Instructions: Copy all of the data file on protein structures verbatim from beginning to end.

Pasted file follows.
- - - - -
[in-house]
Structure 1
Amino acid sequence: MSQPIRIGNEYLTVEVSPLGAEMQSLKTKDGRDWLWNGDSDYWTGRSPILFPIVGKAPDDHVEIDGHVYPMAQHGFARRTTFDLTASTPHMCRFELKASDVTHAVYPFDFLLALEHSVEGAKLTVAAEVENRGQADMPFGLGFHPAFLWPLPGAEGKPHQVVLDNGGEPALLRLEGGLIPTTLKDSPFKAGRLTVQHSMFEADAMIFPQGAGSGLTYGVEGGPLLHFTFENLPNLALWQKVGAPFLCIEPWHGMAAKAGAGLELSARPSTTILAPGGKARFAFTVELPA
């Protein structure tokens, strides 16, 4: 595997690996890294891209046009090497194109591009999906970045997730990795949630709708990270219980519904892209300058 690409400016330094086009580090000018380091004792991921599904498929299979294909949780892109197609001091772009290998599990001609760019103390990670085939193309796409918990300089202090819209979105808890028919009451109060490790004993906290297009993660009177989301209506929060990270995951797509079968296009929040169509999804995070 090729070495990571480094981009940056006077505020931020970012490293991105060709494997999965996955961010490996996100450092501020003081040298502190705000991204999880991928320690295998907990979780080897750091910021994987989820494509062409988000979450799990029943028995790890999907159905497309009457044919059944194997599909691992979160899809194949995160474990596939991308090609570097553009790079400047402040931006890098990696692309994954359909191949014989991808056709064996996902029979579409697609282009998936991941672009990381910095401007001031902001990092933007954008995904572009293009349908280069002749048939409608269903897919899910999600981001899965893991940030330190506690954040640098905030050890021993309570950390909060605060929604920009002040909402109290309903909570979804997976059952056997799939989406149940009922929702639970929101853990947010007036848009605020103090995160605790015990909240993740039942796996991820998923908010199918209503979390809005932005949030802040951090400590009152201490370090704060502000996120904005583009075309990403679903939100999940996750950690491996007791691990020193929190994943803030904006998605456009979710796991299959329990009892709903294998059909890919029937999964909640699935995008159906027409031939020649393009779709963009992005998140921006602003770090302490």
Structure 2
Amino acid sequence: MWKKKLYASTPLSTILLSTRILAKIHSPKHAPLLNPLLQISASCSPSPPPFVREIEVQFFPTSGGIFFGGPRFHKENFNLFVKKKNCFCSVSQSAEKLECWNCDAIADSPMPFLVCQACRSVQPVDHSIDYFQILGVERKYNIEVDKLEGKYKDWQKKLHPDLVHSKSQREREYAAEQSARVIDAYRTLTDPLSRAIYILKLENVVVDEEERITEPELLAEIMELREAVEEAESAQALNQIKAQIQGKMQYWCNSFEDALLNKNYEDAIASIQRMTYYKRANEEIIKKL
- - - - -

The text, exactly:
[in-house]
Structure 1
Amino acid sequence: MSQPIRIGNEYLTVEVSPLGAEMQSLKTKDGRDWLWNGDSDYWTGRSPILFPIVGKAPDDHVEIDGHVYPMAQHGFARRTTFDLTASTPHMCRFELKASDVTHAVYPFDFLLALEHSVEGAKLTVAAEVENRGQADMPFGLGFHPAFLWPLPGAEGKPHQVVLDNGGEPALLRLEGGLIPTTLKDSPFKAGRLTVQHSMFEADAMIFPQGAGSGLTYGVEGGPLLHFTFENLPNLALWQKVGAPFLCIEPWHGMAAKAGAGLELSARPSTTILAPGGKARFAFTVELPA
């Protein structure tokens, strides 16, 4: 595997690996890294891209046009090497194109591009999906970045997730990795949630709708990270219980519904892209300058 690409400016330094086009580090000018380091004792991921599904498929299979294909949780892109197609001091772009290998599990001609760019103390990670085939193309796409918990300089202090819209979105808890028919009451109060490790004993906290297009993660009177989301209506929060990270995951797509079968296009929040169509999804995070 090729070495990571480094981009940056006077505020931020970012490293991105060709494997999965996955961010490996996100450092501020003081040298502190705000991204999880991928320690295998907990979780080897750091910021994987989820494509062409988000979450799990029943028995790890999907159905497309009457044919059944194997599909691992979160899809194949995160474990596939991308090609570097553009790079400047402040931006890098990696692309994954359909191949014989991808056709064996996902029979579409697609282009998936991941672009990381910095401007001031902001990092933007954008995904572009293009349908280069002749048939409608269903897919899910999600981001899965893991940030330190506690954040640098905030050890021993309570950390909060605060929604920009002040909402109290309903909570979804997976059952056997799939989406149940009922929702639970929101853990947010007036848009605020103090995160605790015990909240993740039942796996991820998923908010199918209503979390809005932005949030802040951090400590009152201490370090704060502000996120904005583009075309990403679903939100999940996750950690491996007791691990020193929190994943803030904006998605456009979710796991299959329990009892709903294998059909890919029937999964909640699935995008159906027409031939020649393009779709963009992005998140921006602003770090302490």
Structure 2
Amino acid sequence: MWKKKLYASTPLSTILLSTRILAKIHSPKHAPLLNPLLQISASCSPSPPPFVREIEVQFFPTSGGIFFGGPRFHKENFNLFVKKKNCFCSVSQSAEKLECWNCDAIADSPMPFLVCQACRSVQPVDHSIDYFQILGVERKYNIEVDKLEGKYKDWQKKLHPDLVHSKSQREREYAAEQSARVIDAYRTLTDPLSRAIYILKLENVVVDEEERITEPELLAEIMELREAVEEAESAQALNQIKAQIQGKMQYWCNSFEDALLNKNYEDAIASIQRMTYYKRANEEIIKKL